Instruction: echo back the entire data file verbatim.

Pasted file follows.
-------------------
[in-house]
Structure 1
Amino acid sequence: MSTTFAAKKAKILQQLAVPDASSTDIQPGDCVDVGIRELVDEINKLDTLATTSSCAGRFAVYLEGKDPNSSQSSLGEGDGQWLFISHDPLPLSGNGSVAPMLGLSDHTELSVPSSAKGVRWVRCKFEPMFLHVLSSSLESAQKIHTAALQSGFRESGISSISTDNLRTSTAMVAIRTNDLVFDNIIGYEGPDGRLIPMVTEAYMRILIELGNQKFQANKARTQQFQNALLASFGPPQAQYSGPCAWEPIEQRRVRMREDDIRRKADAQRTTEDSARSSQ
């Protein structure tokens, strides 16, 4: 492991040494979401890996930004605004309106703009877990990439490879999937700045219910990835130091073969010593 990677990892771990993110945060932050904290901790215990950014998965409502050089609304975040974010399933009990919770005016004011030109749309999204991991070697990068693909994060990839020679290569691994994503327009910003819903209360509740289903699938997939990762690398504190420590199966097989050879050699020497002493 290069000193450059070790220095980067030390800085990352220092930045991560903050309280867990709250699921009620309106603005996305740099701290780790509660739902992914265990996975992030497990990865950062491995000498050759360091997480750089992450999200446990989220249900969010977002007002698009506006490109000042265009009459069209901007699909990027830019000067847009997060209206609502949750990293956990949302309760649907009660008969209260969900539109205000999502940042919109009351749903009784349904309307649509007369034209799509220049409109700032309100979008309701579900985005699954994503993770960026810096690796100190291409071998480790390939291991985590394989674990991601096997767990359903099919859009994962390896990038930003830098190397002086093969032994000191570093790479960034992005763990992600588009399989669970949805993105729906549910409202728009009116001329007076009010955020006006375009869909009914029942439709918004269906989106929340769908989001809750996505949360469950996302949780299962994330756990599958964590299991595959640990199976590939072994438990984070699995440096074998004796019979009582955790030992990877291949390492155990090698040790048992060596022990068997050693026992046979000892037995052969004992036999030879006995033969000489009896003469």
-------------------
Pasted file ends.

[in-house]
Structure 1
Amino acid sequence: MSTTFAAKKAKILQQLAVPDASSTDIQPGDCVDVGIRELVDEINKLDTLATTSSCAGRFAVYLEGKDPNSSQSSLGEGDGQWLFISHDPLPLSGNGSVAPMLGLSDHTELSVPSSAKGVRWVRCKFEPMFLHVLSSSLESAQKIHTAALQSGFRESGISSISTDNLRTSTAMVAIRTNDLVFDNIIGYEGPDGRLIPMVTEAYMRILIELGNQKFQANKARTQQFQNALLASFGPPQAQYSGPCAWEPIEQRRVRMREDDIRRKADAQRTTEDSARSSQ
């Protein structure tokens, strides 16, 4: 492991040494979401890996930004605004309106703009877990990439490879999937700045219910990835130091073969010593 990677990892771990993110945060932050904290901790215990950014998965409502050089609304975040974010399933009990919770005016004011030109749309999204991991070697990068693909994060990839020679290569691994994503327009910003819903209360509740289903699938997939990762690398504190420590199966097989050879050699020497002493 290069000193450059070790220095980067030390800085990352220092930045991560903050309280867990709250699921009620309106603005996305740099701290780790509660739902992914265990996975992030497990990865950062491995000498050759360091997480750089992450999200446990989220249900969010977002007002698009506006490109000042265009009459069209901007699909990027830019000067847009997060209206609502949750990293956990949302309760649907009660008969209260969900539109205000999502940042919109009351749903009784349904309307649509007369034209799509220049409109700032309100979008309701579900985005699954994503993770960026810096690796100190291409071998480790390939291991985590394989674990991601096997767990359903099919859009994962390896990038930003830098190397002086093969032994000191570093790479960034992005763990992600588009399989669970949805993105729906549910409202728009009116001329007076009010955020006006375009869909009914029942439709918004269906989106929340769908989001809750996505949360469950996302949780299962994330756990599958964590299991595959640990199976590939072994438990984070699995440096074998004796019979009582955790030992990877291949390492155990090698040790048992060596022990068997050693026992046979000892037995052969004992036999030879006995033969000489009896003469």